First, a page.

Ischemic brain injury is usually classified as focal (incomplete) or global (complete). Global ischemia includes total circulatory arrest as well as global hypoxia. Cessation of perfusion may be caused by cardiac arrest or deliberate circulatory arrest, whereas global hypoxia may be caused by severe respiratory failure, drowning, and asphyxia (includ-ing anesthetic mishaps). Focal ischemia includes embolic, hemorrhagic, and atherosclerotic strokes, as well as blunt, penetrating, and surgical trauma.
In some instances, interventions aimed at restoring perfusion and oxygenation are possible; these include reestablishing effective circulation, normalizing arterial oxygenation and oxygen-car-rying capacity, or reopening an occluded vessel. With focal ischemia, the brain tissue surrounding a severely damaged area may suffer marked func-tional impairment but still remain viable. Such areas are thought to have very marginal perfusion (<15 mL/100 g/min), but, if further injury can be lim-ited and normal flow is rapidly restored, these areas (the “ischemic penumbra”) may recover completely. When the above interventions are not applicable or available, the emphasis must be on limiting the extent of brain injury.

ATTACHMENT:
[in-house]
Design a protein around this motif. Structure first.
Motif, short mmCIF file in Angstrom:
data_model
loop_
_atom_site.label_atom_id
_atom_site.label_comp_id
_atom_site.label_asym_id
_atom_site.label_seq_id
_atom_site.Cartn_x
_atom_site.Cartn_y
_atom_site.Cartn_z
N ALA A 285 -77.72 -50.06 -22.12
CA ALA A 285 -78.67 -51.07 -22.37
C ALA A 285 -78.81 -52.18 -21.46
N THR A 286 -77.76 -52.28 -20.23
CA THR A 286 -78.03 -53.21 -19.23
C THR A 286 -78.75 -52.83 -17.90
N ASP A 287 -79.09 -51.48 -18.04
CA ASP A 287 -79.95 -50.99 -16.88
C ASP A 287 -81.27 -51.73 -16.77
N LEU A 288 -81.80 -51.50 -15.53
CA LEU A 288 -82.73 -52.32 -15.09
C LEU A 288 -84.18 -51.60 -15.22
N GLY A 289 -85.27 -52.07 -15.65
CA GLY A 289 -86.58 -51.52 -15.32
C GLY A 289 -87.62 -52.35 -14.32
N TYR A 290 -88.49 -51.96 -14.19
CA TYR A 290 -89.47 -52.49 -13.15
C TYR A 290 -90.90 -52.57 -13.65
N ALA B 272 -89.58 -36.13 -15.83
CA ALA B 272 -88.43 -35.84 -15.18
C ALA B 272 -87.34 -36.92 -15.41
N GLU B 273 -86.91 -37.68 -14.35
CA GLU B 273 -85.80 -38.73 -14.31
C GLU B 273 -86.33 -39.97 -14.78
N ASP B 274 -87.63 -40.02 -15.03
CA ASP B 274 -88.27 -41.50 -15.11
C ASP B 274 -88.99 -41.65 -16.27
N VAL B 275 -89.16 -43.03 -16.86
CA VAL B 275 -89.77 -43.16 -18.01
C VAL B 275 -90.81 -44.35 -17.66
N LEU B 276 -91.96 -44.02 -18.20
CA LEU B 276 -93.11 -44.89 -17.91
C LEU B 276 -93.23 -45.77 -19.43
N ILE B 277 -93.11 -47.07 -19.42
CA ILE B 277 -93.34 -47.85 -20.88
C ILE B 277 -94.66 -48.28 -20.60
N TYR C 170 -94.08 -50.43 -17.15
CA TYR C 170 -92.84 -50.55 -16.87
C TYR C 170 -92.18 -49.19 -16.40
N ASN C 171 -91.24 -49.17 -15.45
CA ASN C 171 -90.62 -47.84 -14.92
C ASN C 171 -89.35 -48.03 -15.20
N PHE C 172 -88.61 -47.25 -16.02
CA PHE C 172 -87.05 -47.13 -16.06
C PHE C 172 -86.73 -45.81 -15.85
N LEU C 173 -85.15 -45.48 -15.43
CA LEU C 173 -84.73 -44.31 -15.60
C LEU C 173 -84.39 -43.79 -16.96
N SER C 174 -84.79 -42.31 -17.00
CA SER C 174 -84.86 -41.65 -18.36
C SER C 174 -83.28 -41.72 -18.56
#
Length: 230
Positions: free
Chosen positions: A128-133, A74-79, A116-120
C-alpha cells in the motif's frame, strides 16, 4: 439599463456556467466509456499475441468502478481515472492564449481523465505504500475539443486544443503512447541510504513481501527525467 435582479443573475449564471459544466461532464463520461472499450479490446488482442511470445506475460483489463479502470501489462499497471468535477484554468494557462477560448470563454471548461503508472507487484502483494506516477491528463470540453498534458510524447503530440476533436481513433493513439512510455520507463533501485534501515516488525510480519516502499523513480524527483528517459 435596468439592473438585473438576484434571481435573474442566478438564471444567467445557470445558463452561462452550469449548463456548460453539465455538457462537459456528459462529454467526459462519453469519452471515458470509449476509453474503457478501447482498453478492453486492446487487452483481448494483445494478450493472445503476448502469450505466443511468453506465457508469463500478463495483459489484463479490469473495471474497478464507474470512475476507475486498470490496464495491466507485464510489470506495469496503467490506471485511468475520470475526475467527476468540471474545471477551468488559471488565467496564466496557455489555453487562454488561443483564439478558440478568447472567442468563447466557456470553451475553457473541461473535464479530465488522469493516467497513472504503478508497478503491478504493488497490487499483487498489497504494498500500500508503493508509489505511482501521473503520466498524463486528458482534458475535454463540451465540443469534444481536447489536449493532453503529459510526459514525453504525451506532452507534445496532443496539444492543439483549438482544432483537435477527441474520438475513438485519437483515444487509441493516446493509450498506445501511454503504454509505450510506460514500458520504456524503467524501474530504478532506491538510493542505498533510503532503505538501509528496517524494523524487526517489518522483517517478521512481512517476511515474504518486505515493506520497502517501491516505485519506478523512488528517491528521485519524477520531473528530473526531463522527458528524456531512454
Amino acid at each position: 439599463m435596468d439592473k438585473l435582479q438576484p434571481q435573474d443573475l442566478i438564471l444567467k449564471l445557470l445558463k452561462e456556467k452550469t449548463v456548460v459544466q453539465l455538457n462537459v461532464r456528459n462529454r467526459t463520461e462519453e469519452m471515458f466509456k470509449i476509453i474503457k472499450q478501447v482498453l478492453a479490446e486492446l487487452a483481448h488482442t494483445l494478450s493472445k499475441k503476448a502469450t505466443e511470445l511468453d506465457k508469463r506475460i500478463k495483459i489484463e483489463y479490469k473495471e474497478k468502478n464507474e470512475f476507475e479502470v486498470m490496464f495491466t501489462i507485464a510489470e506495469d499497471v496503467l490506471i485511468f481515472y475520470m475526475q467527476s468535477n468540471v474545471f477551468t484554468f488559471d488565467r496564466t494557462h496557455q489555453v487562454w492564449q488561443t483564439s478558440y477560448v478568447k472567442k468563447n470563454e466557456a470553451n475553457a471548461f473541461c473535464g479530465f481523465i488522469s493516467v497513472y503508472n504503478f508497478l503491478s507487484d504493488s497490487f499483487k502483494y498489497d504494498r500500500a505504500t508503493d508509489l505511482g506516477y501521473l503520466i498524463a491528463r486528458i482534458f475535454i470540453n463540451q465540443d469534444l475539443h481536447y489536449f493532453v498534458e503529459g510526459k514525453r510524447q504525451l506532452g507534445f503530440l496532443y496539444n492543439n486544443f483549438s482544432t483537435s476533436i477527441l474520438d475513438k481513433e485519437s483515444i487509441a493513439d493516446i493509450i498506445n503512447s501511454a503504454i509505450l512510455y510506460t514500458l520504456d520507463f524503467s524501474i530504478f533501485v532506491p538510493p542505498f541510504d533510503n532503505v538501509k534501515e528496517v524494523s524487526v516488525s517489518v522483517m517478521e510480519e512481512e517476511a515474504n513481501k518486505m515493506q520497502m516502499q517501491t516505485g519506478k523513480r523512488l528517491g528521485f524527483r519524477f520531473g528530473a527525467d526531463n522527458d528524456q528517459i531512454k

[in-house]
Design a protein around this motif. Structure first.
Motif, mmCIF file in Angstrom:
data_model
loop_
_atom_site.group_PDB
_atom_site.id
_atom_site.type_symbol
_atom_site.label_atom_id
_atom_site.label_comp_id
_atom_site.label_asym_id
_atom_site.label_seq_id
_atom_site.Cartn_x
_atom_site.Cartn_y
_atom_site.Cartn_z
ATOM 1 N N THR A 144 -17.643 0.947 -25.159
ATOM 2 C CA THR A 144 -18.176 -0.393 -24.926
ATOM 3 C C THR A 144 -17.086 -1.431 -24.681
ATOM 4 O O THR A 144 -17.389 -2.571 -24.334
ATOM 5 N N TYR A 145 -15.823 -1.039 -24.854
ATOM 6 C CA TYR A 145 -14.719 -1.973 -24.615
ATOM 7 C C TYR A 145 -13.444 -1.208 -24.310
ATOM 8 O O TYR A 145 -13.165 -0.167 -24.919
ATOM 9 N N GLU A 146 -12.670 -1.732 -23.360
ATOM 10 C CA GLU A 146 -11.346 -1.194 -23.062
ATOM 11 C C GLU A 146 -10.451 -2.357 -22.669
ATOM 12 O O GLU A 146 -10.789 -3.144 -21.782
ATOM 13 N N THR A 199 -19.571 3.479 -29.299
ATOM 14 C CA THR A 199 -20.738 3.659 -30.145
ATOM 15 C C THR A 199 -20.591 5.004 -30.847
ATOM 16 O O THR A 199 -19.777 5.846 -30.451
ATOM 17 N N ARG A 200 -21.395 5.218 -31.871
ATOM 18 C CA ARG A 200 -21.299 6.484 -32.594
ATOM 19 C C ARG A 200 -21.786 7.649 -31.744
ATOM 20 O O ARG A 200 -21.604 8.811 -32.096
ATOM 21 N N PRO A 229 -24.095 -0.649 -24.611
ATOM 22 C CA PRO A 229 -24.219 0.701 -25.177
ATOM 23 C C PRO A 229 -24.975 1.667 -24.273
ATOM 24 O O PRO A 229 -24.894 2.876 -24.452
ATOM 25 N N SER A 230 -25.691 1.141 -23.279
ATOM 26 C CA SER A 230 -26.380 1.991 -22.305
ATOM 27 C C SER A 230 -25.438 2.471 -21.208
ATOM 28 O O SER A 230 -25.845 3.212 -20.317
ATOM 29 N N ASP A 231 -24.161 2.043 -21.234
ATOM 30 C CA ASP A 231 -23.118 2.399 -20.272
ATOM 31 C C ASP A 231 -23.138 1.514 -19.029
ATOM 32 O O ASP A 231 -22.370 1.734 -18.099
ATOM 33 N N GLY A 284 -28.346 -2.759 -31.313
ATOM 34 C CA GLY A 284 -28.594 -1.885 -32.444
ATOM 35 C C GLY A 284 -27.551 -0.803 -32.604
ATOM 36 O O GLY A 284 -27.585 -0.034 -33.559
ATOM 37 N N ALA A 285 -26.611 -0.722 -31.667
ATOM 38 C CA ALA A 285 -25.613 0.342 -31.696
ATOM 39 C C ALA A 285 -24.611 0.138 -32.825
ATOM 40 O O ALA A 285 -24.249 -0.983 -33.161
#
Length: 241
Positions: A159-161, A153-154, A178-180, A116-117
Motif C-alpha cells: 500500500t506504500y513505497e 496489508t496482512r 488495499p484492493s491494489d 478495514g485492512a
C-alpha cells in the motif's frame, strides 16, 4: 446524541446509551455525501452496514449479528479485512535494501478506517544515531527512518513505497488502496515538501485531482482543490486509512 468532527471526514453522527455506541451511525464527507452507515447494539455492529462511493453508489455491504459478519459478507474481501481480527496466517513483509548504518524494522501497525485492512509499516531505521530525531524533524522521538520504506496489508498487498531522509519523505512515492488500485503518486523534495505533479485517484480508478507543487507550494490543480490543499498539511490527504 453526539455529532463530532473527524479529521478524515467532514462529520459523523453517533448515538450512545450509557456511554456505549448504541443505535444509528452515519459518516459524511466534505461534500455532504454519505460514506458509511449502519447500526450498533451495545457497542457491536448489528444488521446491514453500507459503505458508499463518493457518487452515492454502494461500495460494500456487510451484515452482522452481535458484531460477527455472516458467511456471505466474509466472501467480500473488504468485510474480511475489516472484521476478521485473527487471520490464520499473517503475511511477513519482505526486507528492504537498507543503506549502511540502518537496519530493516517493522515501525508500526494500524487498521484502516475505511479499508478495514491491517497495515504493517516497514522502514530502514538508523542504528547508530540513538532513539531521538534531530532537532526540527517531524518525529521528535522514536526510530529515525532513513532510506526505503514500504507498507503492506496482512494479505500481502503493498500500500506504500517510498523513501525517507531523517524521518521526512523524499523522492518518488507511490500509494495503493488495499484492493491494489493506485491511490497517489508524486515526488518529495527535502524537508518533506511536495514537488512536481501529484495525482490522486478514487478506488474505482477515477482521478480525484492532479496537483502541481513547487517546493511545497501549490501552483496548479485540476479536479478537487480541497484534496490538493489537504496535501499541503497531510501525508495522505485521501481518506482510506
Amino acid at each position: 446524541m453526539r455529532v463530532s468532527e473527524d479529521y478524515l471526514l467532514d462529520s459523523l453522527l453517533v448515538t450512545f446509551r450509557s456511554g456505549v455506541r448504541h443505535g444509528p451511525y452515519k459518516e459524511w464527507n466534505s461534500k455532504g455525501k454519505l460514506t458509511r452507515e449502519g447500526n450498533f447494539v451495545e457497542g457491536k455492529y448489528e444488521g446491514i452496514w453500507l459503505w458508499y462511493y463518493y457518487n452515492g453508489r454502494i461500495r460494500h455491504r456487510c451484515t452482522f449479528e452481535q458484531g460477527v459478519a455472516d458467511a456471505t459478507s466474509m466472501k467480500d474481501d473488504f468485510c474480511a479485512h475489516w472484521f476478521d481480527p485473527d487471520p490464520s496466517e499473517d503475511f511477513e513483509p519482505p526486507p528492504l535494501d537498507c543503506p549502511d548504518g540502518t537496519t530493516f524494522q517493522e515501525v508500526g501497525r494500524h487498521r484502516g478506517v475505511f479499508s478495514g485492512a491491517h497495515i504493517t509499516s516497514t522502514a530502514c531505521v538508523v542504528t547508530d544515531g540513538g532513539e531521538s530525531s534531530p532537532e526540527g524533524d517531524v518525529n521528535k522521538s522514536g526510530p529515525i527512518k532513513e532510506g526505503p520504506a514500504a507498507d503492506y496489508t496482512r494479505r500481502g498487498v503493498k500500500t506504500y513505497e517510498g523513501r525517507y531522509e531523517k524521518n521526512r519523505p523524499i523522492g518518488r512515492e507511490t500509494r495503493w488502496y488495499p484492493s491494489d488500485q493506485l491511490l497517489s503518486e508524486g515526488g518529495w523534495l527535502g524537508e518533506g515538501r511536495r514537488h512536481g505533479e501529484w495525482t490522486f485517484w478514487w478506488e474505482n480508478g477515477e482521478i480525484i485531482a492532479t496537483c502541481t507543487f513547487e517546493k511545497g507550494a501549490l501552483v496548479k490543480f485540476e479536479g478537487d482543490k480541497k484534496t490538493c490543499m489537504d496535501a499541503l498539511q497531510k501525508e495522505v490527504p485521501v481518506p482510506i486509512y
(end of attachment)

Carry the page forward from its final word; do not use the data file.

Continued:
From a practical point of view, efforts aimed at preventing or limiting neuronal tissue damage are often the same whether the ischemia is focal or global. Clinical goals are usually to optimize CPP, decrease metabolic requirements (basal and electri-cal), and possibly block mediators of cellular injury. Clearly, the most effective strategy is prevention, because once injury has occurred, measures aimed at cerebral protection become less effective.